Engine Cooling System
Your vehicle’s engine cooling system serves to keep the engine running within an optimal temperature range to ensure high-performance and fuel efficiency.
An internal combustion engine provides maximum power and the lowest emissions when operating at 195 to 220 degrees Fahrenheit. If it’s too hot, the engine will overheat. On the contrary, if the engine runs too cold, it emits a lot of pollutants and causes premature wear of its internal components. If your engine cooling system fails or malfunctions, your engine will quickly overheat and, in some cases, get serious damage.
Let’s take a look at a typical engine cooling system and its main components:
Housed inside the engine block and belt-driven, a water pump circulates coolant throughout the engine and cooling system.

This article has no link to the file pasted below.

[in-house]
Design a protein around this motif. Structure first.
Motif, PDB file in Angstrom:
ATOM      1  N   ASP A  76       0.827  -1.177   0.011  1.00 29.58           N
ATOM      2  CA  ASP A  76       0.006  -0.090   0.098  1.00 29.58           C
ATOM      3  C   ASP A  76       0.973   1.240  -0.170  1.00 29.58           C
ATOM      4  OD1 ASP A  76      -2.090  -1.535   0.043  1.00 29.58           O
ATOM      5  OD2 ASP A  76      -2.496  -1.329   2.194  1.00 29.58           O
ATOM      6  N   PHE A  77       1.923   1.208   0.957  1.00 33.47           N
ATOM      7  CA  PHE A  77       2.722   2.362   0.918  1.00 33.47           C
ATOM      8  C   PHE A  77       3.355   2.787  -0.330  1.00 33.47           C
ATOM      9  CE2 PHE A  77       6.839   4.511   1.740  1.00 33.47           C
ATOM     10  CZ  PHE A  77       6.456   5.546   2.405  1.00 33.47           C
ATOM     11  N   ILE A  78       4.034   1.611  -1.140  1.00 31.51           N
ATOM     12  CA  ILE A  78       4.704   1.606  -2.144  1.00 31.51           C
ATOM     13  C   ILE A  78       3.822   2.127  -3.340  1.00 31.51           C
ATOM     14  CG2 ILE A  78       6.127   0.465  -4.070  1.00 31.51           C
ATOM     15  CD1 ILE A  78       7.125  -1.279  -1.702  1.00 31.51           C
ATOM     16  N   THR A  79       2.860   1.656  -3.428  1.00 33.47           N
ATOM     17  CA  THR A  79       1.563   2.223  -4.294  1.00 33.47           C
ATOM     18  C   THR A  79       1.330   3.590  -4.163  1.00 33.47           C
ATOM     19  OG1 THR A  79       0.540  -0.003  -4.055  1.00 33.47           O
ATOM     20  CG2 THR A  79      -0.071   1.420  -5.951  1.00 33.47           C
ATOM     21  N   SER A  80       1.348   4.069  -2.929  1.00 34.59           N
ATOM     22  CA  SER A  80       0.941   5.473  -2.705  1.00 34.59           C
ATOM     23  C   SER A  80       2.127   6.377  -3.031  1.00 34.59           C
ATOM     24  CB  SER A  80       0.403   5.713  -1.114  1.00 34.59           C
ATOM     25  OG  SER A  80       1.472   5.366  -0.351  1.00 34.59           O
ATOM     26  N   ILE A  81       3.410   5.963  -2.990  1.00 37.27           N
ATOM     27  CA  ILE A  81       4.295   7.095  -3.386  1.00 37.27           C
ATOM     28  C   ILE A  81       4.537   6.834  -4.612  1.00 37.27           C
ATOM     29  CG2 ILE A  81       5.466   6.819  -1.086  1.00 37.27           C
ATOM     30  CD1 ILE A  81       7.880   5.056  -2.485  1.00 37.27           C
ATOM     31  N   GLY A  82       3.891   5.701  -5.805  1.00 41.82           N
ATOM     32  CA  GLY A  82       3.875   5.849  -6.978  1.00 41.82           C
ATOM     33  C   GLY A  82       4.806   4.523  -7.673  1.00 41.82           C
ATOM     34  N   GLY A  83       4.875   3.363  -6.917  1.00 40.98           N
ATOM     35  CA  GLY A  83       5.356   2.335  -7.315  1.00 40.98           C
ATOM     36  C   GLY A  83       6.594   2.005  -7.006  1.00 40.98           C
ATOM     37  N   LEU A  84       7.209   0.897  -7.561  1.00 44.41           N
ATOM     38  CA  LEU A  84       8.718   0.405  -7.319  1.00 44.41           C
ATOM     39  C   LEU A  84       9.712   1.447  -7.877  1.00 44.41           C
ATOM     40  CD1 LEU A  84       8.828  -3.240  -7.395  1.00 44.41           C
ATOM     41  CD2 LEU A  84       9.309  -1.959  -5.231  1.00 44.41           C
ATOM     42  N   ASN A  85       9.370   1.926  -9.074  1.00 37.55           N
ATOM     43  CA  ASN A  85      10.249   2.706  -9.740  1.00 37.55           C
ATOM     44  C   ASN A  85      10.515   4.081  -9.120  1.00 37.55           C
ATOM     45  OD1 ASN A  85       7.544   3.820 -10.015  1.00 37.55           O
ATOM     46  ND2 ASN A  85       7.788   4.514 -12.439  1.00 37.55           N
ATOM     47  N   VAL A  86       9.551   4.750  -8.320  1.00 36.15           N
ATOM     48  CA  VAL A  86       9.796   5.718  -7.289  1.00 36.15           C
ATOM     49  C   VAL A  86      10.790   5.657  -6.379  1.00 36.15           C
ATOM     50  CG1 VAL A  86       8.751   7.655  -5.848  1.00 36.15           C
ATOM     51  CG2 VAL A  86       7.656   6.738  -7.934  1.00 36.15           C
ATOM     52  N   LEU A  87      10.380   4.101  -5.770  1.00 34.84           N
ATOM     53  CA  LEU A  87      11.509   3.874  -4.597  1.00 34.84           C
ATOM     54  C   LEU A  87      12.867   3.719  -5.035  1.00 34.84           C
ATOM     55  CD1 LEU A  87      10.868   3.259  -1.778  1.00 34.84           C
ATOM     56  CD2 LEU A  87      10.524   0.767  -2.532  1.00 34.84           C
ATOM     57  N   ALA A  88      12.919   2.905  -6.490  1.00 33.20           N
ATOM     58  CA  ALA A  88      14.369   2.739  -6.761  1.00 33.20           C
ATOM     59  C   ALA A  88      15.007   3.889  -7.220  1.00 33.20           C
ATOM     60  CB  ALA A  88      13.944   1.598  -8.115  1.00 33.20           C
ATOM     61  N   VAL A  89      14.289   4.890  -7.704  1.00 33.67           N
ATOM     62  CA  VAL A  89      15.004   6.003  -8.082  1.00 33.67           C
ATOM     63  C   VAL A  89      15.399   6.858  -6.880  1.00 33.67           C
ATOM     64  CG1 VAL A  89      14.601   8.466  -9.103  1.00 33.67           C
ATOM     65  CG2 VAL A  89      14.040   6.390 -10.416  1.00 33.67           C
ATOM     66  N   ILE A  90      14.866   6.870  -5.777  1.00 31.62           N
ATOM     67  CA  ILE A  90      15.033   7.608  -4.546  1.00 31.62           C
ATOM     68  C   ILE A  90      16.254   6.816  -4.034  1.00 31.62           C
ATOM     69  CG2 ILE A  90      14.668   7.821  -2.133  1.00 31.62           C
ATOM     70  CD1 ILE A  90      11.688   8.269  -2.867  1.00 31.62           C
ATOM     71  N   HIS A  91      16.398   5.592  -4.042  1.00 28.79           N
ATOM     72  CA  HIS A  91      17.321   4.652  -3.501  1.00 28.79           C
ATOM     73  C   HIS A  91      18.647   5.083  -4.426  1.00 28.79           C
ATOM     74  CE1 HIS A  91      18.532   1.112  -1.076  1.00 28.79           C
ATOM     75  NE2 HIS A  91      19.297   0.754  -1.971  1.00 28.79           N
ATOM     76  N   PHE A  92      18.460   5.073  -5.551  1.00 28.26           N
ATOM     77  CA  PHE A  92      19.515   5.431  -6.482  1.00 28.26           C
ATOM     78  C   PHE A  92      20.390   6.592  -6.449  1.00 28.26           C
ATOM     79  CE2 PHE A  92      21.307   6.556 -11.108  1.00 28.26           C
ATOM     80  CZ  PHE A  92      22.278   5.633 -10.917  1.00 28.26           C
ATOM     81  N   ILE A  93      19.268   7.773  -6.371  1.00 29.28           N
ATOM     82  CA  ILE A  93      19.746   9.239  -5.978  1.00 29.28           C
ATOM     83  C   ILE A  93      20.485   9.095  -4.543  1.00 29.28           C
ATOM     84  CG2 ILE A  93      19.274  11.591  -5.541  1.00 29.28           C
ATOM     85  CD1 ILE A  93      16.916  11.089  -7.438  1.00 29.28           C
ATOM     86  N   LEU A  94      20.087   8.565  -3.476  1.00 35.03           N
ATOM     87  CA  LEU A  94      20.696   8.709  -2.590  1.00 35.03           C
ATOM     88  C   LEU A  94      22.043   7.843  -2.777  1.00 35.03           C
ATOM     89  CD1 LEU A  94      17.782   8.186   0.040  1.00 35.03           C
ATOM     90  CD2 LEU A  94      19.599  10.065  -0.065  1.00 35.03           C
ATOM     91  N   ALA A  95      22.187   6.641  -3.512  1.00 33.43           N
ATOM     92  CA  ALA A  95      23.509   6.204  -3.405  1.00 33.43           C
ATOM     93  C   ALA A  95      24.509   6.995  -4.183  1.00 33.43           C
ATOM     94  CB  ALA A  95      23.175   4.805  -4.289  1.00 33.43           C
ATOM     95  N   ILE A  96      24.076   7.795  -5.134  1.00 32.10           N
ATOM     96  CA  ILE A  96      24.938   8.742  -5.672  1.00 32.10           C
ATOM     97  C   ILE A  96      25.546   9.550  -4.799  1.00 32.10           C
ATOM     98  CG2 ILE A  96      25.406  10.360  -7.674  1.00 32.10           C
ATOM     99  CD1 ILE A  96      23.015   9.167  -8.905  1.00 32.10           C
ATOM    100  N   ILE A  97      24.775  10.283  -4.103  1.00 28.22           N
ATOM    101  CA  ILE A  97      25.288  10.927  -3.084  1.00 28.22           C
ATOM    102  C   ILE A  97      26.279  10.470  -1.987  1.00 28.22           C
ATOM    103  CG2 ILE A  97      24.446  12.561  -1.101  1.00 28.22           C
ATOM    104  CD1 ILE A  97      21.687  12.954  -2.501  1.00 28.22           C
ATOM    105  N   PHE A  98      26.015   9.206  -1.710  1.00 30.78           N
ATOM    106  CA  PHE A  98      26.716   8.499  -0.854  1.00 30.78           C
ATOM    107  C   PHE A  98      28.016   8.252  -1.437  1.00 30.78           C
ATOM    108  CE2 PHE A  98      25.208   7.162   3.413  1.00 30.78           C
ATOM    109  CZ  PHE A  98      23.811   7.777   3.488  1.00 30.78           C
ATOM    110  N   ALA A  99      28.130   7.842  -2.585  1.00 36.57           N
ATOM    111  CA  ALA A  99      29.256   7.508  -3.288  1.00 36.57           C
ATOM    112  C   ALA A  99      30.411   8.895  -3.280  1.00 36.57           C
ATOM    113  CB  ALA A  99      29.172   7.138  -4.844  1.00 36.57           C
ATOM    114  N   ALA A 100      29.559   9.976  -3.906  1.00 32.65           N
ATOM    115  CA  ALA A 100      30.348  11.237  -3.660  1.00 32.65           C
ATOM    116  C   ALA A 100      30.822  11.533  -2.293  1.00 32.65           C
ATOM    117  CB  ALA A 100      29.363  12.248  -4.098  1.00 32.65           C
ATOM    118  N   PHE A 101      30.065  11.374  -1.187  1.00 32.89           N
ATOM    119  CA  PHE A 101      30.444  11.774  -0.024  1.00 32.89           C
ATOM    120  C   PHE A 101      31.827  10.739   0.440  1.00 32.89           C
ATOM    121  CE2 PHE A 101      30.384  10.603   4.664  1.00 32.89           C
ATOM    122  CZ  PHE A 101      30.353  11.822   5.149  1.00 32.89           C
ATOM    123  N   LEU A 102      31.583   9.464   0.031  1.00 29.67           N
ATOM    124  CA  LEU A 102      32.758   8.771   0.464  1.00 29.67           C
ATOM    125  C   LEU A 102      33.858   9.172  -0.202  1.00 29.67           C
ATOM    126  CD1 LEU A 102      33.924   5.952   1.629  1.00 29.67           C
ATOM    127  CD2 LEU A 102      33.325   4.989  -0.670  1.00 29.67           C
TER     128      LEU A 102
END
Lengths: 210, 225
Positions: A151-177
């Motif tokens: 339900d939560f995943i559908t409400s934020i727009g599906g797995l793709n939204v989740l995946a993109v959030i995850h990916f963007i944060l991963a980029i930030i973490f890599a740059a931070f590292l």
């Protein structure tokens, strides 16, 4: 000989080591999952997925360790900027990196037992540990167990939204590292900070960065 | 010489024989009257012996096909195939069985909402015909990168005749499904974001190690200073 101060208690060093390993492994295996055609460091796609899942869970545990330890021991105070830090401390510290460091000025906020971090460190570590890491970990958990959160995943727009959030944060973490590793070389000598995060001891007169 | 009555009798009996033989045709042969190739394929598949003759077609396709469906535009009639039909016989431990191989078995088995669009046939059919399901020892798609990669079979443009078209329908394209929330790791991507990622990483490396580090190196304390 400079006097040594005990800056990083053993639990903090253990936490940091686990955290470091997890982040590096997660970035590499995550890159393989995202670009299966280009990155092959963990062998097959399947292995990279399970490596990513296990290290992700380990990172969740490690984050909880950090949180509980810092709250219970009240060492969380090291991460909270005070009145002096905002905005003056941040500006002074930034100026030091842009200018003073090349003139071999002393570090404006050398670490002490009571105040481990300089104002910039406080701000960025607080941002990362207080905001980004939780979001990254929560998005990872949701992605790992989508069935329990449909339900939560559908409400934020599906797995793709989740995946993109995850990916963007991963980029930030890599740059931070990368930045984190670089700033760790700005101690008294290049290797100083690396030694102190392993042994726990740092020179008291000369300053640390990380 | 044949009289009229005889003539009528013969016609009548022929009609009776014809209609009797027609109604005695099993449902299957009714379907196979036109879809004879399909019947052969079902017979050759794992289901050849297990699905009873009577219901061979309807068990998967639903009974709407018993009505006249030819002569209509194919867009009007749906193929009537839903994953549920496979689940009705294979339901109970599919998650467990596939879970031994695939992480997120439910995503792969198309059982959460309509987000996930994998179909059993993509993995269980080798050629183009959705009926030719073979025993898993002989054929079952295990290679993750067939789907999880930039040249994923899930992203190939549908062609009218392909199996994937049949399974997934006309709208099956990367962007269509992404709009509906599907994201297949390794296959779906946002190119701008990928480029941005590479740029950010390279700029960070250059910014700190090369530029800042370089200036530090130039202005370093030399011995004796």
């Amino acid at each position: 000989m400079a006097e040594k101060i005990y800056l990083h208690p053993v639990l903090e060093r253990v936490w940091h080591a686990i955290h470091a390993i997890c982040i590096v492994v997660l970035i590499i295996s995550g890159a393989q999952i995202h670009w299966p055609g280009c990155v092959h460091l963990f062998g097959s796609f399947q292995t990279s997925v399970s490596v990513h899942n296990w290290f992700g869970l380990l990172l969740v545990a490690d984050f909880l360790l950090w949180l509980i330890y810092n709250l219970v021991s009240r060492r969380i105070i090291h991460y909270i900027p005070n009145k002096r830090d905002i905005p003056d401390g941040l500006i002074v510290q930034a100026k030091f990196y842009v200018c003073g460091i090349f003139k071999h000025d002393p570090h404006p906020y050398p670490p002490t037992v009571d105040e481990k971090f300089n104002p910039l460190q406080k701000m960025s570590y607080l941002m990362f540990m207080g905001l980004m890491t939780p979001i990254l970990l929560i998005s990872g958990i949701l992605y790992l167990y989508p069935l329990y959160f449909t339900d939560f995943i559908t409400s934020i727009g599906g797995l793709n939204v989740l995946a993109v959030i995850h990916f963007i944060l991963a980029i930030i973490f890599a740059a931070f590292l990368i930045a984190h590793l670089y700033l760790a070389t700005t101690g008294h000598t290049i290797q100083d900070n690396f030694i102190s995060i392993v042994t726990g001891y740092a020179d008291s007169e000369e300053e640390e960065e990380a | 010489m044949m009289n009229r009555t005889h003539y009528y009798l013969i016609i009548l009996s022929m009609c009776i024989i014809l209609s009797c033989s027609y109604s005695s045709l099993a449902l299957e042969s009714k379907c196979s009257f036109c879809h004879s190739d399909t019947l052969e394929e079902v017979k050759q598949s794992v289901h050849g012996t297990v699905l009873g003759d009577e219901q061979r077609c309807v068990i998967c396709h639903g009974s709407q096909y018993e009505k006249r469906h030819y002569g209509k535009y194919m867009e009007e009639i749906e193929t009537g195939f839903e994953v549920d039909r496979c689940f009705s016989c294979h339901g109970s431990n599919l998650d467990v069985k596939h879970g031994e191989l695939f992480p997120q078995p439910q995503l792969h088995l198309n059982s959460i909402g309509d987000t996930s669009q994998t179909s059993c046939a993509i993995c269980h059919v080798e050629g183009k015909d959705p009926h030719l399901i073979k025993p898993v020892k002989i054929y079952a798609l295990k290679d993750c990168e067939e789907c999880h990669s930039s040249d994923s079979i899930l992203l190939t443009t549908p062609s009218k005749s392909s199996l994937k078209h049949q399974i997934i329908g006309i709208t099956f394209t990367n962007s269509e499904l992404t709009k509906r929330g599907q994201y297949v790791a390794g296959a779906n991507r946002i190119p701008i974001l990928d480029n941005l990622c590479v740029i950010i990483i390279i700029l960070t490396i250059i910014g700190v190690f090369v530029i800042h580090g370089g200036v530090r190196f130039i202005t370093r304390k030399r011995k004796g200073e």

A radiator is a type of heat exchanger that removes heat from coolant and transfers it to air. The coolant runs through the collection of narrow tubes inside the radiator and is cooled by the air stream coming through the front grille.
A thermostat is a key component of an engine cooling system. By design, it is a mechanical device or a big valve that doesn’t allow coolant to flow through the radiator until the engine warms up and reaches its optimal operating temperature.